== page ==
Deep-sea deposits found off the coast of Japan could supply the global demand for rare earth elements virtually forever, according to a new study. The deposit is estimated to hold more than 16 million tons of rare earth elements.

Rareearthoxides.

Rare earth element oxides.
Image credits Peggy Greb / US department of agriculture / Wikimedia.

Japanese researchers have mapped a huge deposit of some of today’s most valuable and economically-vital resources: rare earth elements. There should be enough of them lodged in deep-sea muds within Japan’s exclusive economic zone waters to feed global demand on a “semi-infinite basis,” they report.

Sunken booty

Rare earth metals are key to producing high-tech products: everything from smartphones to electric vehicles requires some amount of these elements to function, and we don’t know of any viable substitutes we can swap them for. As their name implies, they’re also quite rare. Taken together, these two facts make these materials highly sought-after, and quite expensive.

Currently, the world relies on China to supply most of the rare earth elements on the market. However, this often raises problems: Beijing has shown itself willing to block the export of these products during times of diplomatic tension. For example, back in 2010, China severely limited the quantity of these elements it exported to Japan following the arrest of the captain of a Chinese trawler. He had a run-in with the Japan Coast Guard near the Japan-administered Senkaku Islands, which are also claimed by China.

Japanese manufacturers had to suffer massive rare earth element shortages in the aftermath of the incident, a move that essentially amounted to China wielding the minerals as a diplomatic cudgel in a border dispute.

Considering this, the discovery of the massive deposits — in Japan’s exclusive economic zone, no less — is bound to make Tokyo happy, and raise worry in Beijing.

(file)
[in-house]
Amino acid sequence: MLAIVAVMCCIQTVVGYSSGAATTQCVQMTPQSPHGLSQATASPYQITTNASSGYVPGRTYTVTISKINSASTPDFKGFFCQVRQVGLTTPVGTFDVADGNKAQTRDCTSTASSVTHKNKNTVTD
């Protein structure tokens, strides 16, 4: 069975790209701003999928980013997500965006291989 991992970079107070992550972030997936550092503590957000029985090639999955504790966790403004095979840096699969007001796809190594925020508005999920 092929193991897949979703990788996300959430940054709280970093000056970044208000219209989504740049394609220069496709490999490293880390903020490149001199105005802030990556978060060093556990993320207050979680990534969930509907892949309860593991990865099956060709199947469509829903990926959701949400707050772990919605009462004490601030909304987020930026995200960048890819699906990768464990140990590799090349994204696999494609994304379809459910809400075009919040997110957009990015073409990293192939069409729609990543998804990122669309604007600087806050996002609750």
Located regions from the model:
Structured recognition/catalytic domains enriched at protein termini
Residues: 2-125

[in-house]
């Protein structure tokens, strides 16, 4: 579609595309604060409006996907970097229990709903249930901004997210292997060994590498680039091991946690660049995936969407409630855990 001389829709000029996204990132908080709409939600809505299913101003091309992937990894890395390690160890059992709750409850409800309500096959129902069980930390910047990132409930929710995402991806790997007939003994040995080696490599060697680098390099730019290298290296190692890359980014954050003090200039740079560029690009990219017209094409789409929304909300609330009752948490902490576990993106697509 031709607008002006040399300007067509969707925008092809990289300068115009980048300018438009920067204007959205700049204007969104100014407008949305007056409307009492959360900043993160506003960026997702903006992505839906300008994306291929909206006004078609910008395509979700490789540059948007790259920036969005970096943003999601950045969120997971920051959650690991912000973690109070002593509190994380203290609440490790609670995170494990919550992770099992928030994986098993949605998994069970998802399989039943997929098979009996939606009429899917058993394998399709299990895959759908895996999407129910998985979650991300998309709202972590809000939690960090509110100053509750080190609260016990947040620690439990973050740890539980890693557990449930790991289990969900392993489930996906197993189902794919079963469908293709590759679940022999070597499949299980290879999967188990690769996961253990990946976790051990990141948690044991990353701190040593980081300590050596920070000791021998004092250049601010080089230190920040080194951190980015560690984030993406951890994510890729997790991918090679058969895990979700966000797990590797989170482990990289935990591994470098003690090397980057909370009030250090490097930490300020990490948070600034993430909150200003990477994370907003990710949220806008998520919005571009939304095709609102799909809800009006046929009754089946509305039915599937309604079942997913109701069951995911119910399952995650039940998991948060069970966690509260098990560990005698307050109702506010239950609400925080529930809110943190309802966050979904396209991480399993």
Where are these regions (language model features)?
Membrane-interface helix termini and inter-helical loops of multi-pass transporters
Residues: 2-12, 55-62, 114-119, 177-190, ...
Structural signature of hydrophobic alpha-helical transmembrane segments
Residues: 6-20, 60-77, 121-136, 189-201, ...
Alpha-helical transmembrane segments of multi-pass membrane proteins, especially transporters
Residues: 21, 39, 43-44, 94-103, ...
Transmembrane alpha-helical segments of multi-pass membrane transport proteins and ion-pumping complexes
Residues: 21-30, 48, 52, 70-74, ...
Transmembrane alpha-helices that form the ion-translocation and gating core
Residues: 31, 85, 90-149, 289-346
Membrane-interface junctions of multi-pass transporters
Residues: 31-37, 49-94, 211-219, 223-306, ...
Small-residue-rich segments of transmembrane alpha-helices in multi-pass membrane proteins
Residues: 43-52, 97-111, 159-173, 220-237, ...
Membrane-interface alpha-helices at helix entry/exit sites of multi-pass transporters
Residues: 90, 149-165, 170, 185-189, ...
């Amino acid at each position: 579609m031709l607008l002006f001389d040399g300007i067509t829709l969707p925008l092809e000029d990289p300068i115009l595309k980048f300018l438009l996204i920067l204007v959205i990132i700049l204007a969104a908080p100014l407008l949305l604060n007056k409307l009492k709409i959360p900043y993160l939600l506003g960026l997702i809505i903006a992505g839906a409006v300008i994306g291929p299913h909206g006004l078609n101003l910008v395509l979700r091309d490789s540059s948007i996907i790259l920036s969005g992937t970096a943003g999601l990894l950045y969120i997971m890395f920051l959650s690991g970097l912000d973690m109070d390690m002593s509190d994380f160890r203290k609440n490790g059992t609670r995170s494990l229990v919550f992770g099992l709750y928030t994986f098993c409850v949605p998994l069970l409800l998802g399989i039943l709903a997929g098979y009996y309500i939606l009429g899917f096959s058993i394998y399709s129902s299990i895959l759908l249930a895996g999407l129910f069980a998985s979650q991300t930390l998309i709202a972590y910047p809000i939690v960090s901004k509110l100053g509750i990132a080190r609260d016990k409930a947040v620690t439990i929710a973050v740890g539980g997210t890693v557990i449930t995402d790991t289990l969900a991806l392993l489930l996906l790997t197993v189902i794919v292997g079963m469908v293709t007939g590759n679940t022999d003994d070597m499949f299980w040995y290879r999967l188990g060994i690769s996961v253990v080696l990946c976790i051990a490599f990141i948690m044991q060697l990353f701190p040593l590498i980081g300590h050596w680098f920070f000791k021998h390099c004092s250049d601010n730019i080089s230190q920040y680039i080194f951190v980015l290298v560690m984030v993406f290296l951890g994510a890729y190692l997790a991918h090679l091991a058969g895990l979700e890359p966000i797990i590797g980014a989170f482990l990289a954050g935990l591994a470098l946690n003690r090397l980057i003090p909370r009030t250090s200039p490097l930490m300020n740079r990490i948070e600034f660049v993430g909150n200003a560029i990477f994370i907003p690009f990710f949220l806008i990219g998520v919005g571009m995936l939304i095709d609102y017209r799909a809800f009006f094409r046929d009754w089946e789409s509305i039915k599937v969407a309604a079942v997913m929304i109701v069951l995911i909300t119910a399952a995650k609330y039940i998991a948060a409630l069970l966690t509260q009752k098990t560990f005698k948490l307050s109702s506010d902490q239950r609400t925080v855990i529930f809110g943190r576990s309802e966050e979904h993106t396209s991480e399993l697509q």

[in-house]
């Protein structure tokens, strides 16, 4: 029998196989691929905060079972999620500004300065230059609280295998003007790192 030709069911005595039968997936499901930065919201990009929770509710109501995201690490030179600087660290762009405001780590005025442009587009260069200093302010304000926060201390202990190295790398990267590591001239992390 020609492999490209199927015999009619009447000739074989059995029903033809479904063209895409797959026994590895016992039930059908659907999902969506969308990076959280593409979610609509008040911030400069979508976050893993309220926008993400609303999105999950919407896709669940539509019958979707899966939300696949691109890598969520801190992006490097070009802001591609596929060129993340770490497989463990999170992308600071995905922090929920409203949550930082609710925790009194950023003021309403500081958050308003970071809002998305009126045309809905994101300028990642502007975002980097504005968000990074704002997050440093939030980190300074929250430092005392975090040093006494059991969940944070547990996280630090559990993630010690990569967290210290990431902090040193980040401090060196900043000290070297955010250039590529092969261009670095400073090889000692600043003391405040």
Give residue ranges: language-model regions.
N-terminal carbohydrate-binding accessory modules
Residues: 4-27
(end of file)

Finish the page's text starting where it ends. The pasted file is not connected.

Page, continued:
Mud-cheap technology

Rare earth deposit Japan.

The deposit’s location.
Image credits Scientific Reports.

However, for us, that’s neither here nor there. What is important to us is the sheer estimated size of this deposit — which, for us as consumers, should translate to much lower costs once extraction begins at the site

The team, comprised of several universities, businesses, and government institutions, surveyed the western Pacific Ocean near Minamitori Island and estimated that a single sample area of the deposit contains more than 1.2 million tons of “rare earth oxide” — i.e. rare earth element ores.

The study, conducted jointly by Waseda University’s Yutaro Takaya and the University of Tokyo’s Yasuhiro Kato, extrapolates that the whole 2,500-sq km deposit area should contain 16 million tons of the valuable elements, and concludes that “has the potential to supply these metals on a semi-infinite basis to the world”. That’s equivalent to 780 years’ worth of yttrium supply, 620 years of europium, 420 years of terbium and 730 years of dysprosium, it added.

If the estimations prove true, the deposit could cover the world’s requirements for these elements for hundreds of years to come. The researchers also detail a new and more efficient method of refining the valuable elements from the mud, which should make them even cheaper on the global market.

“The enormous resource amount and the effectiveness of the mineral processing are strong indicators that this new (rare-earth rich mud) resource could be exploited in the near future,” the study said.

The paper “The tremendous potential of deepsea mud as a source of rare-earth elements” has been published in the journal Scientific Reports.

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